When we think of a cannabis user, we often think of the couch potato who watches trippy cat videos, retweets ridiculous memes and plays loose with substance abuse. We rarely think of the farmer in swamplands who grows and sells cannabis to feed her family or the rural communities which are largely sustained by it. The production and sale of cannabis has given a platform to farmers who want to take control of their own destiny. Legal prohibition of cannabis in Africa can be dated all the way back to the 18th century and reinforced throughout colonial Africa. Whether you disagree with cannabis use or not, it already has deep roots in African history, it has concrete medical and industrial uses, it is good for the economy and for farmers, it’s criminalization is too costly to maintain and enforce, and, let’s be frank, Africa’s justice system has bigger things to worry about than arresting marijuana farmers and users. With new scientific studies that debunk dated-myths about cannabis, strong economic rationale, and a global push towards legalization, there hasn’t been a better time for Africa to take an affirmative stance on cannabis.


Image via The Night Owl Blog

Africans Have Been Invested In Weed

Africa isn’t new to this. The hemp derived from cannabis called sativa is the low THC, non-psychoactive sibling of marijuana and has been used to make paper, fuel, cooking oil, rope, soap, building materials, and the list goes on. The earliest reports of Africans actually smoking (or drinking) marijuana (high THC, psychoactive) doesn’t come until the 14th-century when archeologists found marijuana resin in 2 ceramic smoker pipe (“bowls”) in Ethiopia. Originally from northern Africa, nomadic Bantu-speaking tribes are credited for carrying cannabis seeds on their journey down to southern Africa and spreading it across the continent in the process.


Medical Use

Marijuana plays an important largely due to its medicinal properties. With a lack of medical professionals and proper healthcare facilities in rural areas, medical marijuana is an opportunity for African governments to legalize a substance that can make people’s lives a little easier. Research has shown that marijuana can help people living AIDS/HIV to eat and sleep better, experience a better mood, and even helps with neuropathic pain. Additionally, a CNN report highlighted studies which state that marijuana helps with arthritis (reduces pain-causing inflammation), cancer (kills cancer cells and improves radiation treatment), chronic pain, epilepsy (reduced frequency of seizures), and glaucoma (preserve nerves that lead to blindness). If you still believe weed is a gateway drug, you may need to do your Googles and come back to this.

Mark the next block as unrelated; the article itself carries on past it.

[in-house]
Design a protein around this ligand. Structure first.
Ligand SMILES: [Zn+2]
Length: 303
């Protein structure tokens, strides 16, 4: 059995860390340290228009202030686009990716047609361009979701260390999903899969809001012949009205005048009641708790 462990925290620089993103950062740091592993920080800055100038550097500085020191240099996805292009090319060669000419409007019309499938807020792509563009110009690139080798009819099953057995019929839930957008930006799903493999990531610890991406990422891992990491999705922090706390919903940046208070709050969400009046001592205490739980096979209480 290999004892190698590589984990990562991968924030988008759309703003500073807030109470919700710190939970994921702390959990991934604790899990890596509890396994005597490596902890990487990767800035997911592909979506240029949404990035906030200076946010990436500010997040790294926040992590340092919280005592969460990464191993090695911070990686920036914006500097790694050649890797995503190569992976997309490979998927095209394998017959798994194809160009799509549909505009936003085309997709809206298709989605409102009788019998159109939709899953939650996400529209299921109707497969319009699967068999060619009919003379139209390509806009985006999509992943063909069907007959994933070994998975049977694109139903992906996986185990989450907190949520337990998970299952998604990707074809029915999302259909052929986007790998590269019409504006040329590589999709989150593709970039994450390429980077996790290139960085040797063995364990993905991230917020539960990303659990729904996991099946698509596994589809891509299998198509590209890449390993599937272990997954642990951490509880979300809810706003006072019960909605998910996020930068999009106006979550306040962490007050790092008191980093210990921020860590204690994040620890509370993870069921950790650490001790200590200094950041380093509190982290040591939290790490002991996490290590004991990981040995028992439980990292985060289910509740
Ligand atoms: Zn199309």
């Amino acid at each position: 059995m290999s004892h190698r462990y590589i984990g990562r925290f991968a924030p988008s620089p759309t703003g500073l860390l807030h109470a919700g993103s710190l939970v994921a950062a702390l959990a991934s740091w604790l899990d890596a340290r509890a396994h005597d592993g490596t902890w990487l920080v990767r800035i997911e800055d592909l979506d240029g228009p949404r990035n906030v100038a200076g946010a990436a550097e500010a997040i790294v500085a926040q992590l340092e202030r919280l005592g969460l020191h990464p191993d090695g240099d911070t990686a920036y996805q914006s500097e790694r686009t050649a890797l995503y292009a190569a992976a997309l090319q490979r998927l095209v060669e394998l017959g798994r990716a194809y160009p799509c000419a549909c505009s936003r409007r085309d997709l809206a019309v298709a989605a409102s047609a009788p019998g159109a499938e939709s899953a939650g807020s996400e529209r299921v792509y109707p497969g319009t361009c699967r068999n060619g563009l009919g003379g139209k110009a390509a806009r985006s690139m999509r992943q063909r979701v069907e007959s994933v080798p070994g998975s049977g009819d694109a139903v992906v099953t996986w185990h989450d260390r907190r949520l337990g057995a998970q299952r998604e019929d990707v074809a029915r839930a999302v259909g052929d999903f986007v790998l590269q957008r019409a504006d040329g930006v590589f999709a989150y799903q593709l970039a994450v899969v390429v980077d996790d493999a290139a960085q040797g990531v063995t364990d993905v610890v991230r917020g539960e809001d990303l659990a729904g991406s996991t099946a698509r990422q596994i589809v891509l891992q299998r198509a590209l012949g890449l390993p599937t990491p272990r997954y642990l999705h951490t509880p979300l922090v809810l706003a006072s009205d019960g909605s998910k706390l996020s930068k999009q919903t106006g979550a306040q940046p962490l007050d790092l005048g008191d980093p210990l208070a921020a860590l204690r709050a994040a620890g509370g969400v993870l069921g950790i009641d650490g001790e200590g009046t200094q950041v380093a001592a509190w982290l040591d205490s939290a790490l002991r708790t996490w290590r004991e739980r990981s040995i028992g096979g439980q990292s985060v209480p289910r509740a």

Good for Economy

The weed market has the potential to do to the African economy what it’s already doing in other continents across the globe. CNN sites a UN Survey which states more than 10,000 tons of cannabis are produced on the continent of Africa each year. Based on a rapidly expanding global market for legal weed, leading advocates estimate a potential billion dollar industry in Africa. Not only does this give room for opportunity to stimulate the economy, it can prove to be a unique way for the government and independent farmers to work together. Importantly, it can help reduce unemployment in women (as they are reportedly the biggest dealers in Africa), and young people. With a growing youth population, many of whom are jobless, legalization can help reduce violence and civil unrest. 


Good for Farmers

The bottom line is weed is good for farmers. From an agricultural perspective, cannabis is just easier to grow and more lucrative than other crops such as maize and sugarcane. Weed farming is an important cash crop in places like the rural Eastern Cape. If African countries legalize production, it can potentially usher in new farm technology and can tap into a huge learning potential for the local farmers, who often lack formal education.  African countries will then have to create government institutions to tackle the sustainable food security and production issues.